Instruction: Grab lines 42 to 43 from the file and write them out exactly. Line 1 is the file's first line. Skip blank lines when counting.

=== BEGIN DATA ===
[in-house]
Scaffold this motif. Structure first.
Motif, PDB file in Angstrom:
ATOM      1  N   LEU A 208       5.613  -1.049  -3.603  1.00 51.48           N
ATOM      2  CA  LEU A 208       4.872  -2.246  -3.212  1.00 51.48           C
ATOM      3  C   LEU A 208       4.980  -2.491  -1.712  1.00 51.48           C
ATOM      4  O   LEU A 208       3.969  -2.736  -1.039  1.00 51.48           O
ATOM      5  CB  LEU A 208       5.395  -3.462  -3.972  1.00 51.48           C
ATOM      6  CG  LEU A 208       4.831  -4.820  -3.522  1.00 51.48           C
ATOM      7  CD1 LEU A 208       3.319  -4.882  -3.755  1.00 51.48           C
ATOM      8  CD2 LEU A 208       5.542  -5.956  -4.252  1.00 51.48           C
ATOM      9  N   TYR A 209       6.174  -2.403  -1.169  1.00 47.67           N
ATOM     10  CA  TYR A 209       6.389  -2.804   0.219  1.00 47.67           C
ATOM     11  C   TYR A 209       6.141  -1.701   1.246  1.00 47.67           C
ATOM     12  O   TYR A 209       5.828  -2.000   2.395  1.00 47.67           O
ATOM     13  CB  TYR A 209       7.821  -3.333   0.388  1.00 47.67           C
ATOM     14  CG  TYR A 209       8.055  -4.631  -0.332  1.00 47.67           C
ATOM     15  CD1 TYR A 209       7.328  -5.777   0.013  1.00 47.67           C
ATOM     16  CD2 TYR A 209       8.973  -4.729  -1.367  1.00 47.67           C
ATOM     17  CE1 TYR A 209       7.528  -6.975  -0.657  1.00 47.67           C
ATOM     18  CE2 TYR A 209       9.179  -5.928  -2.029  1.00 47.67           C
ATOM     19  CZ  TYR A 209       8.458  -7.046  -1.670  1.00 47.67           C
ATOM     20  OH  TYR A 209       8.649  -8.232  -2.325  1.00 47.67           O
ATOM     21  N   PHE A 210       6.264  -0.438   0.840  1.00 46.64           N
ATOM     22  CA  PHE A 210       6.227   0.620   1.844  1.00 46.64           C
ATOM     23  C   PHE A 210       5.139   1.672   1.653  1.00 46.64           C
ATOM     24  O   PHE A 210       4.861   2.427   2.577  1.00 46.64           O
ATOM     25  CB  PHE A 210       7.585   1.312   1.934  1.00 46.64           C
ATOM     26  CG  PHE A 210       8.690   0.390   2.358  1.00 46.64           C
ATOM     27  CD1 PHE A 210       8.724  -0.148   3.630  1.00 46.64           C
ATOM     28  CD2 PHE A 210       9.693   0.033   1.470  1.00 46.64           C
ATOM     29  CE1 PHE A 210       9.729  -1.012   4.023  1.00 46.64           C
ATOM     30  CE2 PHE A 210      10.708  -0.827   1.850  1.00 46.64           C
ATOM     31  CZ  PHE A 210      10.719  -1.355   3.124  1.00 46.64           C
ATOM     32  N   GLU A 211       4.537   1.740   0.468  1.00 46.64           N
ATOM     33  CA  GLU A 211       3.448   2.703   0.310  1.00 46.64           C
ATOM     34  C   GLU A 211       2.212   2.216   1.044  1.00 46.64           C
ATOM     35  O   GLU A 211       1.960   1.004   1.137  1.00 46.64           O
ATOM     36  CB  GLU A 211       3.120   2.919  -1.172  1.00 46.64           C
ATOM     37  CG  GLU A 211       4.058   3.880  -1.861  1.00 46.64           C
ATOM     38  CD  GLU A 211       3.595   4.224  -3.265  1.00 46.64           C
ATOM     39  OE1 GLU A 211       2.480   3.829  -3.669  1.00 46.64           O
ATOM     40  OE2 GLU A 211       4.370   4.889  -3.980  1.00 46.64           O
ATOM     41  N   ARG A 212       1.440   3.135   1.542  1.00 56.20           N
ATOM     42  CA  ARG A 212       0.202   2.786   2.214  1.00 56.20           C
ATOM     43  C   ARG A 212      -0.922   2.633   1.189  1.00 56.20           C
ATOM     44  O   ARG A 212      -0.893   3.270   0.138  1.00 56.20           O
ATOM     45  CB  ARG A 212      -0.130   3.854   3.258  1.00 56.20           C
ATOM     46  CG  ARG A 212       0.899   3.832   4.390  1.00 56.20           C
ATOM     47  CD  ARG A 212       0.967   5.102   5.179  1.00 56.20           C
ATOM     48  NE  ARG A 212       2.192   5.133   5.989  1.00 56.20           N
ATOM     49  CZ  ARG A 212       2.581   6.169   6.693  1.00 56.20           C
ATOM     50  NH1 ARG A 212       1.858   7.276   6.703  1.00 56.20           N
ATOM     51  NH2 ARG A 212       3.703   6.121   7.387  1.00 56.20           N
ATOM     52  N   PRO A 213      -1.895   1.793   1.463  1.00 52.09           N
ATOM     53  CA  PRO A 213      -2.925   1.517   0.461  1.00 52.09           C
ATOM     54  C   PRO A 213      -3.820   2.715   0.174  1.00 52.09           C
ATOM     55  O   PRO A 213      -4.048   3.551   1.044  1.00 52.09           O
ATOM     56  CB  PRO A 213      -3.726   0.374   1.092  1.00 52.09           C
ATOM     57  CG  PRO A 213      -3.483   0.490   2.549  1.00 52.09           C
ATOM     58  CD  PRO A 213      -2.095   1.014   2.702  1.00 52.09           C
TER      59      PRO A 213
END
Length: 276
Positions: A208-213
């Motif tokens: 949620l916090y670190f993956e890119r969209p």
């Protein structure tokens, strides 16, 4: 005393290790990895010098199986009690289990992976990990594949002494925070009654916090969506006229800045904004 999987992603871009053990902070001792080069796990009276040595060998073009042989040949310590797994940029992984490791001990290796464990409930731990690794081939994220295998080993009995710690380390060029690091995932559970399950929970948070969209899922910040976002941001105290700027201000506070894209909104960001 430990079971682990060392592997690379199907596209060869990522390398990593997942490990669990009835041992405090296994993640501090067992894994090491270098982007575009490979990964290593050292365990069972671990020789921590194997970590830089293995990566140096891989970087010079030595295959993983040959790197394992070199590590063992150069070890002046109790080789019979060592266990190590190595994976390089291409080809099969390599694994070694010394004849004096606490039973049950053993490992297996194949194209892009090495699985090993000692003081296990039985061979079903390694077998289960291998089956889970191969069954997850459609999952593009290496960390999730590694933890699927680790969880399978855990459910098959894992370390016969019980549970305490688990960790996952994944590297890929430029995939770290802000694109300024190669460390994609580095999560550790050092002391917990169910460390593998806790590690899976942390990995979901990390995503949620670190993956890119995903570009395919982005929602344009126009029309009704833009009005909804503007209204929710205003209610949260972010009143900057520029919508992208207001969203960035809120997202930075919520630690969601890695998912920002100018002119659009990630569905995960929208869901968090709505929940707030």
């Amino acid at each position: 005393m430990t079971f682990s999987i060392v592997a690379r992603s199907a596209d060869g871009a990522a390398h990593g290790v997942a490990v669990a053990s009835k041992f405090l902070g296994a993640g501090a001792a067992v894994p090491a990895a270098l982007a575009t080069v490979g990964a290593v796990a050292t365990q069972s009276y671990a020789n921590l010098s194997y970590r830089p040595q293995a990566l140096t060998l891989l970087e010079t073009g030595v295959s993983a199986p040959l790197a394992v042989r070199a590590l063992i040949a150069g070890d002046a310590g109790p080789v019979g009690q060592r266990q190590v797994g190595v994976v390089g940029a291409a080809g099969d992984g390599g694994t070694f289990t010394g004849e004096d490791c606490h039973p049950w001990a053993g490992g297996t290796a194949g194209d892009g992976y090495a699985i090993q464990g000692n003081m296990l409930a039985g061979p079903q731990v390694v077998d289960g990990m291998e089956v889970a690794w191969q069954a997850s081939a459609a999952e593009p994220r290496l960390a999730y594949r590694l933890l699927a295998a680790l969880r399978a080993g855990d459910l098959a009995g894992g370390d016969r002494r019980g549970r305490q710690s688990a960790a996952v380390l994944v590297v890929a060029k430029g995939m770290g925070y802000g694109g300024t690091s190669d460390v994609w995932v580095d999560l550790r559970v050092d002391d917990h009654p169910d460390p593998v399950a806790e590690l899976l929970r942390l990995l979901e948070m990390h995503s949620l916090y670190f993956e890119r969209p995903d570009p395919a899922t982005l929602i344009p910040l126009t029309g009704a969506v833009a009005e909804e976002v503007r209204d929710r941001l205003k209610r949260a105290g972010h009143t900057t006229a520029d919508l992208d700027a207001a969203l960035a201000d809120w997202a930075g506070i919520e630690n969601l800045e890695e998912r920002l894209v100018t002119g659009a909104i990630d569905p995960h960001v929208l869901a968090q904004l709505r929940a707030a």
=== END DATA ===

ATOM     39  OE1 GLU A 211       2.480   3.829  -3.669  1.00 46.64           O
ATOM     40  OE2 GLU A 211       4.370   4.889  -3.980  1.00 46.64           O